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Town Council puts legal future of Orange Park in Jody Lane Brooks’ hands

Posted 12/31/69

 ORANGE PARK – During Tuesday night's meeting, the Town Council selected Jody Lane Brooks as its new Town Attorney.

Mayor Randy Anderson and Town Manager Sarah Campbell interviewed …

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Town Council puts legal future of Orange Park in Jody Lane Brooks’ hands


 ORANGE PARK – During Tuesday night's meeting, the Town Council selected Jody Lane Brooks as its new Town Attorney.

Mayor Randy Anderson and Town Manager Sarah Campbell interviewed three law firms vying to be appointed as the new legal counsel to represent Orange Park. The previously contracted town attorneys – Kopelousos, Bradley and Garrison – will be stepping down after many successful years of service.

The council was tasked to pick between Jody Lane Brooks, Balch & Bingham and Vose Law Firm. The three introduced themselves during their interviews on Sept. 28, and they made their respective pitches and answered tough questions on how they would best represent the town of Orange Park. A discussed hot-button issue pertained to a law signed by Gov. Ron DeSantis in June, SB 170, which permits companies to sue local governments for “arbitrary or unreasonable” ordinances that harm profits. The Town Council held a special meeting to interview the three law firms that qualified on a pared down list of Request for Qualifications (RFQ) for Orange Park’s attorney services.The council will make their final selection on who will earn their new attorney services contract after a long run of success from Kopelousos, Bradley, and Garrison at Town Hall at their regular meeting on Oct. 3.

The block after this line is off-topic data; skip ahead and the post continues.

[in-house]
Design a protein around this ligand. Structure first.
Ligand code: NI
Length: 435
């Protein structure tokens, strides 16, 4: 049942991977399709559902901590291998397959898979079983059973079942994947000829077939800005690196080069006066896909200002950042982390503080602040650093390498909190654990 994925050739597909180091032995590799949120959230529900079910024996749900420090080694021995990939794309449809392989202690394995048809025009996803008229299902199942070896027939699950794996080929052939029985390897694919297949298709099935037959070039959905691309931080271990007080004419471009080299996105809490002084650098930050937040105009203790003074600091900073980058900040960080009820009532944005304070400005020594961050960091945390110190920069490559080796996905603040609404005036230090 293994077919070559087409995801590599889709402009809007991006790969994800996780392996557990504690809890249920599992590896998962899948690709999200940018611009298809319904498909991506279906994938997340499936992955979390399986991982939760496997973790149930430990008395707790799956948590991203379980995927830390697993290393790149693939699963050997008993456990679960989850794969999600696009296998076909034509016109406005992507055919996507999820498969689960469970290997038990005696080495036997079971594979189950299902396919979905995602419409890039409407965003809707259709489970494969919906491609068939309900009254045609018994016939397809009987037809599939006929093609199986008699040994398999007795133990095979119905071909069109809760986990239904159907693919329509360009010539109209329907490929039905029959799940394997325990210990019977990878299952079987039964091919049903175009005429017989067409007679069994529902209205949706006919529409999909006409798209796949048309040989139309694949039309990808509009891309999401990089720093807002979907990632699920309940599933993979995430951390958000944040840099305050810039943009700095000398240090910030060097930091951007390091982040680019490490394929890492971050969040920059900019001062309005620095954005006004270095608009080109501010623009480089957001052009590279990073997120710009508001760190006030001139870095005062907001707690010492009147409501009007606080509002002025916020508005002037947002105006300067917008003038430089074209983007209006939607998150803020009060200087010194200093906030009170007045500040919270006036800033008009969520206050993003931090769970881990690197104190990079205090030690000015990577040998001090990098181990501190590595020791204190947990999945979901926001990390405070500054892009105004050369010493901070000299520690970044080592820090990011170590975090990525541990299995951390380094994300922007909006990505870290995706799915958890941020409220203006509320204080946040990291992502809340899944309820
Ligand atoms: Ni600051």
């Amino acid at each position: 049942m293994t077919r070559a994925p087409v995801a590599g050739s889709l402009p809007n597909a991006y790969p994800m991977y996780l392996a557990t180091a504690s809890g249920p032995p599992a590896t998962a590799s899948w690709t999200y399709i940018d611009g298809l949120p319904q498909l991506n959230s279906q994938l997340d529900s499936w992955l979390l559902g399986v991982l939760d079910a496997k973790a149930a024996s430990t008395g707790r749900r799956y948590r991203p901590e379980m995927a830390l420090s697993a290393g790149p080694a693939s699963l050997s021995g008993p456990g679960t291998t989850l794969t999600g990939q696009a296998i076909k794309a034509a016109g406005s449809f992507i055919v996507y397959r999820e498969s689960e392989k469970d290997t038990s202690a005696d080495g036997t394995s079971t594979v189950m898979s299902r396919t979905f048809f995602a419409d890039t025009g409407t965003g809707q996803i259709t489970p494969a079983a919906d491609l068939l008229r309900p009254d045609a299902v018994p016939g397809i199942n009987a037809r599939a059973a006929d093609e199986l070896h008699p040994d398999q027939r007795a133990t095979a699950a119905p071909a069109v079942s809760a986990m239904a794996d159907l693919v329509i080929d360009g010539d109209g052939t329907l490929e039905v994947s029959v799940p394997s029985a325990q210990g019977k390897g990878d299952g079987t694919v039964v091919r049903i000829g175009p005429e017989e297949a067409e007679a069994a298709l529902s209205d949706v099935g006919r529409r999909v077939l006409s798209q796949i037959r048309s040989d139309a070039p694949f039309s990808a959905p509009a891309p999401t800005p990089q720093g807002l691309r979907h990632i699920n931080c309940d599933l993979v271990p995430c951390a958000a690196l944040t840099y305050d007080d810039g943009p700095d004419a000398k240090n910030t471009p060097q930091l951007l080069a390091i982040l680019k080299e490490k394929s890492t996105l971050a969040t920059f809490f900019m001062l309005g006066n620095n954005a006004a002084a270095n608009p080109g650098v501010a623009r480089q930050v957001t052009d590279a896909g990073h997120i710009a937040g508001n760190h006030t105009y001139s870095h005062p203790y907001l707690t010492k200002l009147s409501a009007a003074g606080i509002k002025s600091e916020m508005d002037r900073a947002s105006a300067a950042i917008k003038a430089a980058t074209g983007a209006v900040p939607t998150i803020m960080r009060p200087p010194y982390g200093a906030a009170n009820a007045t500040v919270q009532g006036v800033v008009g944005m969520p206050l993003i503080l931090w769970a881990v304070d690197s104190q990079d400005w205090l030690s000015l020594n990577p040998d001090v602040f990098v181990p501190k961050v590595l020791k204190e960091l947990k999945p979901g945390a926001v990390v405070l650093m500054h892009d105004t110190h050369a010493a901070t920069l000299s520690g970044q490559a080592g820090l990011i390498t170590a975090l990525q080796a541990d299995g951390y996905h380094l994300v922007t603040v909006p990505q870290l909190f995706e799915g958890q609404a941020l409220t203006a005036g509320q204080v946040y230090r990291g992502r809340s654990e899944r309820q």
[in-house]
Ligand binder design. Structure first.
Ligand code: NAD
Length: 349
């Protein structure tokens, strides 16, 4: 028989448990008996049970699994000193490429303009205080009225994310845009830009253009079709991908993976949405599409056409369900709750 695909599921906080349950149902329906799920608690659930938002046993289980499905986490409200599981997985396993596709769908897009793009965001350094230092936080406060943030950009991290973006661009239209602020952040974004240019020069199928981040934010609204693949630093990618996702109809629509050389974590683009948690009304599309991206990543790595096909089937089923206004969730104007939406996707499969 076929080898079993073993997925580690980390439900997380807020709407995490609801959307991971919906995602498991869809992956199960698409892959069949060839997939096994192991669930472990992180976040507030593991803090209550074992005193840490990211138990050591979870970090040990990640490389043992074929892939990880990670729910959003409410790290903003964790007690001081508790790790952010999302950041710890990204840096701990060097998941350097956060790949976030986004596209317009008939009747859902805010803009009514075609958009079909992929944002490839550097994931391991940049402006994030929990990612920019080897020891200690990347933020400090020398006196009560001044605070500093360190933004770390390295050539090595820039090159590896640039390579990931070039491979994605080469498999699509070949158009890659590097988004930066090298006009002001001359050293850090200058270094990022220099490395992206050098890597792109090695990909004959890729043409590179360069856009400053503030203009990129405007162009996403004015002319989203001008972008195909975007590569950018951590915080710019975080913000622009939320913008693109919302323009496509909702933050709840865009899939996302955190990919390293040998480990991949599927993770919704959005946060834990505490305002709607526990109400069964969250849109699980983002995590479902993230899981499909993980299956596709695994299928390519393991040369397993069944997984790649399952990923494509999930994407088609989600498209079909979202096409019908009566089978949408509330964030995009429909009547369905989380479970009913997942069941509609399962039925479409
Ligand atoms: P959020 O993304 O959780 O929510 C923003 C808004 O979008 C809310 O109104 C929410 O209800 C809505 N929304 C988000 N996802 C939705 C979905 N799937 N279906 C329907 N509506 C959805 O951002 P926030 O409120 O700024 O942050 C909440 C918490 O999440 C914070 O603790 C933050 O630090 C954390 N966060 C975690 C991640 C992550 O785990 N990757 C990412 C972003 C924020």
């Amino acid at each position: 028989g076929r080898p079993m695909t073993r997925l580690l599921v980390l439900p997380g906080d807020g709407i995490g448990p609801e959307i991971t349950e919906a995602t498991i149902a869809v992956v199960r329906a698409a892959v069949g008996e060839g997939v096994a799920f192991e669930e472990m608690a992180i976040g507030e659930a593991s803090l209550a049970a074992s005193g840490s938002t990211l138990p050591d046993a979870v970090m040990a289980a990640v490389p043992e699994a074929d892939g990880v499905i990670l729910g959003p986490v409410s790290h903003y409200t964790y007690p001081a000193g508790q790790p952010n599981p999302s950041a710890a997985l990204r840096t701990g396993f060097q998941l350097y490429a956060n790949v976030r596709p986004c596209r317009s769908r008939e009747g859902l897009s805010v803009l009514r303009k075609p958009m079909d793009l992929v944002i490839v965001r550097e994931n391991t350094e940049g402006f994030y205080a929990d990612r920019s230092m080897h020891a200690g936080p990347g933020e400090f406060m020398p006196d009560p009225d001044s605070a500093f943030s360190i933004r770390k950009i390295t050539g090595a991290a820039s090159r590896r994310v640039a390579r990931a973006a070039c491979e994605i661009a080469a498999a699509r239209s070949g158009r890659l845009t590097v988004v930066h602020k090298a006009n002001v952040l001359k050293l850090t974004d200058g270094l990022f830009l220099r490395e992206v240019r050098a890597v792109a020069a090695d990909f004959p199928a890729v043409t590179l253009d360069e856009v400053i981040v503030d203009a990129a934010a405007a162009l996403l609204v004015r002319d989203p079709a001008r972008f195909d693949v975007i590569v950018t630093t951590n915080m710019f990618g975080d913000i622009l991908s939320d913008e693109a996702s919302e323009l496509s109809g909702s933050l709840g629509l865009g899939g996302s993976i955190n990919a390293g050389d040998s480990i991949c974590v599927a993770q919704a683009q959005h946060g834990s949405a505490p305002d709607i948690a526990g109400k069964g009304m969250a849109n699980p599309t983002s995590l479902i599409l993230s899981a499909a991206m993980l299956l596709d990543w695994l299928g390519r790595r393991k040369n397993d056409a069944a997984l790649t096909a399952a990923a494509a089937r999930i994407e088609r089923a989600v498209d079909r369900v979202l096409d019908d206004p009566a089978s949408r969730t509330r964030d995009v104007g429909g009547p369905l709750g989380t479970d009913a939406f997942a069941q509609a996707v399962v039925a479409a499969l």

Wade Vose, partner at Vose Law Firm and resident of St. Augustine, who leaned on his firm’s results-driven approach. Vose brought a background specializing in appeals, and he shared his

Jody Lane Brooks, Balch & Bingham, and Vose Law each made their pitch to the council and Town Manager, Sarah Campbell. Representatives made their introduction to officials and answered tough questions about how they would handle town business. SB 170, which was signed into law by Gov. Ron DeSantis in June, allows companies to sue local governments for “arbitrary or unreasonable” ordinances that harm profits, was a hot-button issue discussed between Orange Park and the three organizations that hope to become their suitors.

Paul Wade, Partner at Vose Law and St. Augustine resident, emphasized the firm’s result-driven approach when talking about the firm’s approach to the new bill. Wade, who specializes in handling appeals, shared a recentrecent victory in which he successfully defendinged a criticaln environmentally-critical ordinance in Naples, . which addressed algal blooms The victory addressed algal blooms and red tides caused by excessive fertilizer usefertilizer use. In 2017, red tide forced the city to close its beaches and collect 2,000 tons of dead sea animals from the shore. The fishing industry was ravaged. During the crisis, fishermen were lining up at food banks.

In 2017, the problem got so bad that they had to collect 2,000 tons of dead sea animals. Beaches were closed, and it devastated the fishing industry in that part of the state, he said, so much that fishermen were lining up at food banks. “It was a ‘Samson vs. Goliath’ case. It’s not just a career highlight and a victory for the firm, but a (major) victory for the state. Without that ordinance, the results are devastating,” he Vose said. 

The firm highlighted their an impressive track record in litigation, asserted a readiness to take on any challenge, and boasted an ability to take the “kill shot” in the courtroom.

asserting their readiness to take on challenging cases and their reputation for taking the “kill shot” when necessary to protect the town’s best interests. 

Patrick Krechowski, a partner at Balch & Bingham, who brought extensive experience involving land development codes. Krechowski aims to address potential developmental compliance issues across Orange Park if selected. To improve compliance with state and federal regulations, he plans to utilize Orange Park’s network of resources, notably reaching out to the Florida League of Cities to cooperate with other municipalities.